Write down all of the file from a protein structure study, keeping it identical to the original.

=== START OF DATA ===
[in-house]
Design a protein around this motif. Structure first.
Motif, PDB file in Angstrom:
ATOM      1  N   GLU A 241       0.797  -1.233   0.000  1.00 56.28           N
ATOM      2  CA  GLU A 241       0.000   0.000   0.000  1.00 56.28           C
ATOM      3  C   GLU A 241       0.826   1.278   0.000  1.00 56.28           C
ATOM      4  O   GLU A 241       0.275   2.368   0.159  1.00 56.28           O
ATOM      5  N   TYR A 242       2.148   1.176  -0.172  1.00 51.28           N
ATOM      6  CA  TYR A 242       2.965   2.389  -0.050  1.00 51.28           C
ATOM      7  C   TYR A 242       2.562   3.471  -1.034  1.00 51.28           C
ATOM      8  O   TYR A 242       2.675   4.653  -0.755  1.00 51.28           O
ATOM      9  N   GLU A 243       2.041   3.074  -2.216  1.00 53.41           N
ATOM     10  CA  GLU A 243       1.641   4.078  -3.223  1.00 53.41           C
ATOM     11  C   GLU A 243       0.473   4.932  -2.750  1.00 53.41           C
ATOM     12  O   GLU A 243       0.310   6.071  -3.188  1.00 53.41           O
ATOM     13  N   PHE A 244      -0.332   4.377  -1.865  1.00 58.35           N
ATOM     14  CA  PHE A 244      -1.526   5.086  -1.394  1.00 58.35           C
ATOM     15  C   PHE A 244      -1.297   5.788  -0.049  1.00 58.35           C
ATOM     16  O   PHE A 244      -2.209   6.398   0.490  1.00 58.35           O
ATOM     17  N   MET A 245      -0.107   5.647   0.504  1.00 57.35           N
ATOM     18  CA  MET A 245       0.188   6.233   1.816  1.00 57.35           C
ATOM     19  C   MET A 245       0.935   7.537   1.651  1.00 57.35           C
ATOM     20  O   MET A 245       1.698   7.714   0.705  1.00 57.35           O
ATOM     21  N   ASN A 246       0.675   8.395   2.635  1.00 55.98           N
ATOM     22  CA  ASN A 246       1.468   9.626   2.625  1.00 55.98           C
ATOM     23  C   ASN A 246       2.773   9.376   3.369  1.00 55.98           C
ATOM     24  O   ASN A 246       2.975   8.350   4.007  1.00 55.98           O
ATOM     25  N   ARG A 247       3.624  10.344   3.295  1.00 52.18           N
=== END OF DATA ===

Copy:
[in-house]
Design a protein around this motif. Structure first.
Motif, PDB file in Angstrom:
ATOM      1  N   GLU A 241       0.797  -1.233   0.000  1.00 56.28           N
ATOM      2  CA  GLU A 241       0.000   0.000   0.000  1.00 56.28           C
ATOM      3  C   GLU A 241       0.826   1.278   0.000  1.00 56.28           C
ATOM      4  O   GLU A 241       0.275   2.368   0.159  1.00 56.28           O
ATOM      5  N   TYR A 242       2.148   1.176  -0.172  1.00 51.28           N
ATOM      6  CA  TYR A 242       2.965   2.389  -0.050  1.00 51.28           C
ATOM      7  C   TYR A 242       2.562   3.471  -1.034  1.00 51.28           C
ATOM      8  O   TYR A 242       2.675   4.653  -0.755  1.00 51.28           O
ATOM      9  N   GLU A 243       2.041   3.074  -2.216  1.00 53.41           N
ATOM     10  CA  GLU A 243       1.641   4.078  -3.223  1.00 53.41           C
ATOM     11  C   GLU A 243       0.473   4.932  -2.750  1.00 53.41           C
ATOM     12  O   GLU A 243       0.310   6.071  -3.188  1.00 53.41           O
ATOM     13  N   PHE A 244      -0.332   4.377  -1.865  1.00 58.35           N
ATOM     14  CA  PHE A 244      -1.526   5.086  -1.394  1.00 58.35           C
ATOM     15  C   PHE A 244      -1.297   5.788  -0.049  1.00 58.35           C
ATOM     16  O   PHE A 244      -2.209   6.398   0.490  1.00 58.35           O
ATOM     17  N   MET A 245      -0.107   5.647   0.504  1.00 57.35           N
ATOM     18  CA  MET A 245       0.188   6.233   1.816  1.00 57.35           C
ATOM     19  C   MET A 245       0.935   7.537   1.651  1.00 57.35           C
ATOM     20  O   MET A 245       1.698   7.714   0.705  1.00 57.35           O
ATOM     21  N   ASN A 246       0.675   8.395   2.635  1.00 55.98           N
ATOM     22  CA  ASN A 246       1.468   9.626   2.625  1.00 55.98           C
ATOM     23  C   ASN A 246       2.773   9.376   3.369  1.00 55.98           C
ATOM     24  O   ASN A 246       2.975   8.350   4.007  1.00 55.98           O
ATOM     25  N   ARG A 247       3.624  10.344   3.295  1.00 52.18           N